Tension and Release, Part 4

She chuckled lightly at the sensation. “They tingle.” Once on level ground, she steadied a bit. “You can check on Anas this way as well. Whew…I don’t know how Sutrakarre does this. He won’t eat at all. Says the fasting helps.”

“Hmm.” Mehe glanced at his tendrils. “If you’re feeling steady enough, I’ll let go.”

“I think I am. Those are very handy.” She turned to the right and started towards the Mage Quarter. “Thank you for helping me.”

“You’re welcome.” His tendrils slipped free of her arm. “I admit I still forget about them a lot.”

“Still a new thing for you I would imagine. Do you have any control over them?” She asked, genuinely curious.

He nodded. “When I focus, yes.”

“And they react to your emotions. Interesting.” She turned towards the tunnel, holding out a hand to steady herself along the wall.

“Among other things,” he said. His tendrils reached out again to help steady her.

“Elune…” she whispered. “I didn’t think I was this weak.”

Mehe stepped closer, wrapping his arm around her waist to help her. “It’s okay. We’re almost there.”

She offered him a weary smile. “I have never had to deal with so many injuries before. What they did… killing her would have been much faster. They meant to be cruel.” She forced herself to keep moving.

Mehe’s tendrils curled around her shoulders and wrist as he walked slowly, bracing her as best as he could. “I’m sorry. Why did they go after her?”

“You remember I said that Eliân let someone live, believing she was innocent?”

He nodded. His eyes glanced around watchfully, scanning the passers by.

She lowered her voice, “Her House was responsible for the torture and subsequent murder of Lilybeth’s mother. The Matriarch of the House was my adoptive daughter’s birth mother. She pimped out my daughter for political favors. When Lilybeth’s mother was killed, Forosuul ordered everyone involved eliminated.”

He pondered this. “Which means someone was spared by your… assassin.

She nodded. “She went through, on very limited time and got the people out who had no apparent ties to the events. She couldn’t find any connection to Iasea. So she drugged her and stuck her on a boat to Pandaria. And then killed everyone else, save the Matriarch. Forosuul took care of her.”

“So this Iasea is behind the attack.” Mehe glanced up at her grimly. “Are you certain it’s still safe for Anas to be in the shop?”

“She is after the family. She has targeted Alsabe, her once sister. The note that was tied to Kalimè’s hand said ‘You will learn what it feels like.’ I do not think the Anas is in any real danger.” She paused a moment as her feet found the grass. “Niqi would have been a target to get to Ælithil.”

He nodded. “Is it safe for you to be out here then?”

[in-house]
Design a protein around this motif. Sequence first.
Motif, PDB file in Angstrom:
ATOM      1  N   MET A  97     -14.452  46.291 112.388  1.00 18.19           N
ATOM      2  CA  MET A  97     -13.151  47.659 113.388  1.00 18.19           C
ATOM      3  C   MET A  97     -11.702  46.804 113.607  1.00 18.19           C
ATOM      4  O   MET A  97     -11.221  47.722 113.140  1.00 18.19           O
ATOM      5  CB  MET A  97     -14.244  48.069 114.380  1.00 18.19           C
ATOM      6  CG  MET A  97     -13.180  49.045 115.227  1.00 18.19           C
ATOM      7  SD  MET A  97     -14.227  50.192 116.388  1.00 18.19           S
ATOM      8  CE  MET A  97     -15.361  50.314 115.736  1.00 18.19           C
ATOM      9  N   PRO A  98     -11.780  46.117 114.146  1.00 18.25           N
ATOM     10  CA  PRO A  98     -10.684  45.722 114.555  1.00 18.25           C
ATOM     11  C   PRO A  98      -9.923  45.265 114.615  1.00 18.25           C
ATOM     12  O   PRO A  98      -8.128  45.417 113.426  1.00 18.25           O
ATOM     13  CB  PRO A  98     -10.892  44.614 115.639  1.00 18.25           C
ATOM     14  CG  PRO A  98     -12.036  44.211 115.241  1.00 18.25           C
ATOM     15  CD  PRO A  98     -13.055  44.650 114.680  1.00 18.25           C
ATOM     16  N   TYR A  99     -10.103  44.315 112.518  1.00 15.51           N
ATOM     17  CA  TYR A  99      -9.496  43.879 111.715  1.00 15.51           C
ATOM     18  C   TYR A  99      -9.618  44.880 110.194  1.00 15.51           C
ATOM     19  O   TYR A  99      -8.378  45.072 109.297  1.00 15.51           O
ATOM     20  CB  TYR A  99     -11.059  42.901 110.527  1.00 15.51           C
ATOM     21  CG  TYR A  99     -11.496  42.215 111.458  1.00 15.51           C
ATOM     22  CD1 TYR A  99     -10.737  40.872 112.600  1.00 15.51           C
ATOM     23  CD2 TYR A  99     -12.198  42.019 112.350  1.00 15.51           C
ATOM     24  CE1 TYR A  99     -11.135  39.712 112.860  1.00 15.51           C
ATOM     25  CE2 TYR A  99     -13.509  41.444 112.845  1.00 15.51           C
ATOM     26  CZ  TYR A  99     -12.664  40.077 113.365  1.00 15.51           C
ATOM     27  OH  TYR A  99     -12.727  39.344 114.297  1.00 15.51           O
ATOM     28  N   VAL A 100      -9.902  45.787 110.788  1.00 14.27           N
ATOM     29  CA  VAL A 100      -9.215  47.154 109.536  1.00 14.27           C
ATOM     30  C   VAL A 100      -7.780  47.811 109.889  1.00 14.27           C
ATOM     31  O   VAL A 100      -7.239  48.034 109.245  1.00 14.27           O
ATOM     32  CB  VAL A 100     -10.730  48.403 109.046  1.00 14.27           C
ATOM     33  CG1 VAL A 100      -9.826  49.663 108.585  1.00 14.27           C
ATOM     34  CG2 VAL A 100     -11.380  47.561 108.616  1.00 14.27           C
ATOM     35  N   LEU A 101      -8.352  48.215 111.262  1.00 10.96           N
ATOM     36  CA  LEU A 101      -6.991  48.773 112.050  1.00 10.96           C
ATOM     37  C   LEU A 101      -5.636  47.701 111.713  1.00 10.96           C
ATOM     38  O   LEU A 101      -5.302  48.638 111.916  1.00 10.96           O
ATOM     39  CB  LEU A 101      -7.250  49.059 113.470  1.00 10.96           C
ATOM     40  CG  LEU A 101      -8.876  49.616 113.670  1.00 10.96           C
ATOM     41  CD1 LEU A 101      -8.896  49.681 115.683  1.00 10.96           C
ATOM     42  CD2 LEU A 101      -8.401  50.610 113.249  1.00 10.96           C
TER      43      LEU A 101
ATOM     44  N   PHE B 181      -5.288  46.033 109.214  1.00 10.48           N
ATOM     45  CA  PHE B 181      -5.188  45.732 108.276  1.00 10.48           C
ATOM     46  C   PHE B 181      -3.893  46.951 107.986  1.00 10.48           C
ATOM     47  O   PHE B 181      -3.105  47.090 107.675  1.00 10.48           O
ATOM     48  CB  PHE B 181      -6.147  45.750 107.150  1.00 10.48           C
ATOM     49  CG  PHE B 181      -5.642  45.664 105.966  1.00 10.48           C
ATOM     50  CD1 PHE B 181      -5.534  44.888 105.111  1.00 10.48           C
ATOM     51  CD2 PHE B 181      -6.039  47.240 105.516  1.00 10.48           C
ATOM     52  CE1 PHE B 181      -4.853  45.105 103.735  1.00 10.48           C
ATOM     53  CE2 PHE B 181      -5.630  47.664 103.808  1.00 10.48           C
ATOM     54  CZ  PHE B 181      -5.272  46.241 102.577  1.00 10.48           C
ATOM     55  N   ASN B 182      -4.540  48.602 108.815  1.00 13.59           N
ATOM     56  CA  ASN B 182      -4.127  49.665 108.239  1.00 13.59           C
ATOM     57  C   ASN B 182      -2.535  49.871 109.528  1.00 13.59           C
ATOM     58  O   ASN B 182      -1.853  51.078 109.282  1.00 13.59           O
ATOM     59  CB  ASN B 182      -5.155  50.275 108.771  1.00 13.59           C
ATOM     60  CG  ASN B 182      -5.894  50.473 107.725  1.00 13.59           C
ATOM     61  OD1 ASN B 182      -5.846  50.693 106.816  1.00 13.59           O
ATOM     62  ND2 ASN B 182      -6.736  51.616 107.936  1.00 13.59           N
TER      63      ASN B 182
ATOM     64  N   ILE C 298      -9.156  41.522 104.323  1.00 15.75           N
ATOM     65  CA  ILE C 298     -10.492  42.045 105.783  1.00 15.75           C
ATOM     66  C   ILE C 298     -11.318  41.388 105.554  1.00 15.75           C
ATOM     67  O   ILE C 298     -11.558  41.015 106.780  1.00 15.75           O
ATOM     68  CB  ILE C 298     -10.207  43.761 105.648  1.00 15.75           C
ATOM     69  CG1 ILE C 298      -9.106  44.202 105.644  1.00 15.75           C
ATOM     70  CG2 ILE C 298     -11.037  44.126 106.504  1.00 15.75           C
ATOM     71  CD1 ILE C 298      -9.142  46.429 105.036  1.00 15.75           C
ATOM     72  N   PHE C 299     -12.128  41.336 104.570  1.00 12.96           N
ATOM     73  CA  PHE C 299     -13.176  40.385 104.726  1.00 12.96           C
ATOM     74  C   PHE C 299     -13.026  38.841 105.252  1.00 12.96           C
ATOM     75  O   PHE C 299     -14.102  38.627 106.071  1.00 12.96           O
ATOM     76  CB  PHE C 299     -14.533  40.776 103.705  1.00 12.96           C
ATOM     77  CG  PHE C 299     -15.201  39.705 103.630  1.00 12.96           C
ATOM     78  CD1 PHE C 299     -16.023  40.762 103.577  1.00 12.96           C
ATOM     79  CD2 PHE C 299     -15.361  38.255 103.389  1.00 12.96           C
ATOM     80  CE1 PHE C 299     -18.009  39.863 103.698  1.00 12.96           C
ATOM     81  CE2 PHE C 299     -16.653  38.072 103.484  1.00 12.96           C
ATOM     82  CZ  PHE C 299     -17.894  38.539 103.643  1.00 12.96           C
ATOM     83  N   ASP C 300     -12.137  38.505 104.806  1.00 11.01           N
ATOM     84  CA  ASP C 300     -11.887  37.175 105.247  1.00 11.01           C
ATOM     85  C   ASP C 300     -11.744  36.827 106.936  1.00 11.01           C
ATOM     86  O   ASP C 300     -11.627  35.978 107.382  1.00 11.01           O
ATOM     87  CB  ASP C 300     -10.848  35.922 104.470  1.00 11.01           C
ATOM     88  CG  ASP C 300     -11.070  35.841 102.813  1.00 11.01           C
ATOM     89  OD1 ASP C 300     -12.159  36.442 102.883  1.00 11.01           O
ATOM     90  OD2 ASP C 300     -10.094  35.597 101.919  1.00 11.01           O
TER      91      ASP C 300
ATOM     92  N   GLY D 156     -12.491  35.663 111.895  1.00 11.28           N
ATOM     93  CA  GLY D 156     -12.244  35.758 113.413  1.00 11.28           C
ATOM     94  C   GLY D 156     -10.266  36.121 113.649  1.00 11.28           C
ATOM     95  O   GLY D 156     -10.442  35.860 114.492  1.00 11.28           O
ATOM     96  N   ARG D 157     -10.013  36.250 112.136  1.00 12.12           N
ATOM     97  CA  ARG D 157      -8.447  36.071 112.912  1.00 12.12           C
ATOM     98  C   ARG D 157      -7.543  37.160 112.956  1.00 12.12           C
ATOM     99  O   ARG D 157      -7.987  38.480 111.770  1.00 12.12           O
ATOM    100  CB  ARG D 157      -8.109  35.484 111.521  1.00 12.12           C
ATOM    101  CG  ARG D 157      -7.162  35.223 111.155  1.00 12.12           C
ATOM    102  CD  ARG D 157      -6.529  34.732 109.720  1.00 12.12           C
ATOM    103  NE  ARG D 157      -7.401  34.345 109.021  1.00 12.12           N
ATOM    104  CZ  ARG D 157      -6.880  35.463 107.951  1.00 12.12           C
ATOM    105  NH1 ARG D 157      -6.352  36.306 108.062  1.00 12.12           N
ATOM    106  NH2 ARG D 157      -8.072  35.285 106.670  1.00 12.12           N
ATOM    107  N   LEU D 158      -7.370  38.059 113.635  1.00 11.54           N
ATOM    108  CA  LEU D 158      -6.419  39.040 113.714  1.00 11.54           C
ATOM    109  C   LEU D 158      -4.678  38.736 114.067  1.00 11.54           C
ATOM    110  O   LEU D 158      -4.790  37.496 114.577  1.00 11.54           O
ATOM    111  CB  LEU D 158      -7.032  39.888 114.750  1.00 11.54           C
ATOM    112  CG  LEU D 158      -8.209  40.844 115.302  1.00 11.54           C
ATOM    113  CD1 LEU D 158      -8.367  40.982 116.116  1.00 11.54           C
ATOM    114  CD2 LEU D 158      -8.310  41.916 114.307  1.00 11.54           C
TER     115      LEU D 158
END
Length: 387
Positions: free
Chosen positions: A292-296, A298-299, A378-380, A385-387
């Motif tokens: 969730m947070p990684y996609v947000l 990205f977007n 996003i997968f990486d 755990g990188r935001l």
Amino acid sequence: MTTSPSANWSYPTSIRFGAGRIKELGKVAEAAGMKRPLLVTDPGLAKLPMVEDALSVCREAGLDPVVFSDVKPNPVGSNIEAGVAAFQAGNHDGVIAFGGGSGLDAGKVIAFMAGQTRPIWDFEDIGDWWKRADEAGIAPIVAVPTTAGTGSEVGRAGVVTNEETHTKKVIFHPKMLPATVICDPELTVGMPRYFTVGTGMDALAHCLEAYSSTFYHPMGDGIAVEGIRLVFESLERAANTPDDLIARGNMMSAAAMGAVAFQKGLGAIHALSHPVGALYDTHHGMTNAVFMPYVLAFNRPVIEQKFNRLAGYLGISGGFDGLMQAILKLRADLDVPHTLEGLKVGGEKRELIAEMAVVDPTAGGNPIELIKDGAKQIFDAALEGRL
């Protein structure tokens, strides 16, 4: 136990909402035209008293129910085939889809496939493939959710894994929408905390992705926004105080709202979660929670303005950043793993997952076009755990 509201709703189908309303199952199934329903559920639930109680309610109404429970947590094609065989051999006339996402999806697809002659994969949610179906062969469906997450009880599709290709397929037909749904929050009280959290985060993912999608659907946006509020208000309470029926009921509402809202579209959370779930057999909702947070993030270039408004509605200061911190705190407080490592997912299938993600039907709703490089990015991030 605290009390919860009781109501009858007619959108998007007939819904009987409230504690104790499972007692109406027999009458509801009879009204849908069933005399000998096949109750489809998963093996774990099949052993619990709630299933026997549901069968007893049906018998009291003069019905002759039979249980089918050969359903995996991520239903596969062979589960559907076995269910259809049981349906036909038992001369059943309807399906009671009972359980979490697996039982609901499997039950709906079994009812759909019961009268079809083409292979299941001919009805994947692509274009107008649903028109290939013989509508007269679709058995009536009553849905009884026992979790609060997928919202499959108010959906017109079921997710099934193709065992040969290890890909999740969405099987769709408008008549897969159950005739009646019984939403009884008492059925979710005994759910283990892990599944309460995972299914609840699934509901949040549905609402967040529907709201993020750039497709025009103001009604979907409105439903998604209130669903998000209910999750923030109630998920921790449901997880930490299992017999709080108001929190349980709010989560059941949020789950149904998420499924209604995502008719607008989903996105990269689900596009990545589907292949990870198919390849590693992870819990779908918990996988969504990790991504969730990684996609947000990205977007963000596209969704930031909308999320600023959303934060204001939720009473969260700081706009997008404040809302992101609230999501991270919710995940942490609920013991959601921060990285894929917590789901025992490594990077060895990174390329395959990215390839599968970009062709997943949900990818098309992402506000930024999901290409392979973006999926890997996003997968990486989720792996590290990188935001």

“Probably not. But the family needs to eat. Someone had to go. The others are standing guard over the ones who cannot fight. Like Niqi and Kali. Anyone trying to enter will pay dearly if they do not have word from a family member. It’s why I gave Anas the feather.”

“Right.” He glanced at the door to the tavern. “We’re almost there.”

“Oh thank Elune.” She stumbled up the ramp, nodding to one of the tables close by. “I need to sit down.”

He helped her into a chair. “I’ll get your tea,” he said, his tendrils uncurling from her. She nodded dully and put her head down on the table. Mehe stepped inside briskly, calling for the server. Tindomiel fumbled into a pocket and retrieved a small piece of paper with a list of food items. She put it down on the table along with a handful of coins. He emerged moments later, the server behind him. “You want anything to eat?” the Ren’dorei asked.

“Just get this stuff… for the family…” she mumbled. “I’m fine.”

Mehe picked the list up, glancing over it briefly before handing it along with the coins to the server. “A cup of white tea and a few muffins for the lady as well,” he said.

Tindo lifted her head up, frowning. “I didn’t ask for muffins.” She sighed. “I just needed some tea to wake me up.”

He shook his head. “Muffins,” he repeated firmly. “Three of them.” The server nodded before returning inside.

“Mehe…” She pursed her lips. “That is not necessary.”

He sat down. “I’m not about to let you bloody fall over here if I can help it.”

“From that tone, I am going to assume this is not up for debate.” She chuckled a little.

“It isn’t.” He leaned back. “I was harsh with you earlier. I’m sorry.”

Tindo smiled gently. “It was a stressful situation. The fact that you see it, makes all the difference. Apology accepted, Mehe.” He nodded, his tendrils curling idly over his arm. She leaned against the stone wall, letting the chair and the building support her. “Anas seemed to be in good spirits when he came out. I hope that means everything went well.”

“I’d assume so. He looked better than when he went in, at least.”

“Good,” she sighed. “I admit, I am glad Anas came with you. I am not sure I could have handled much more of Niquisse’s fear. It’s part of why I was glad to go get the food.”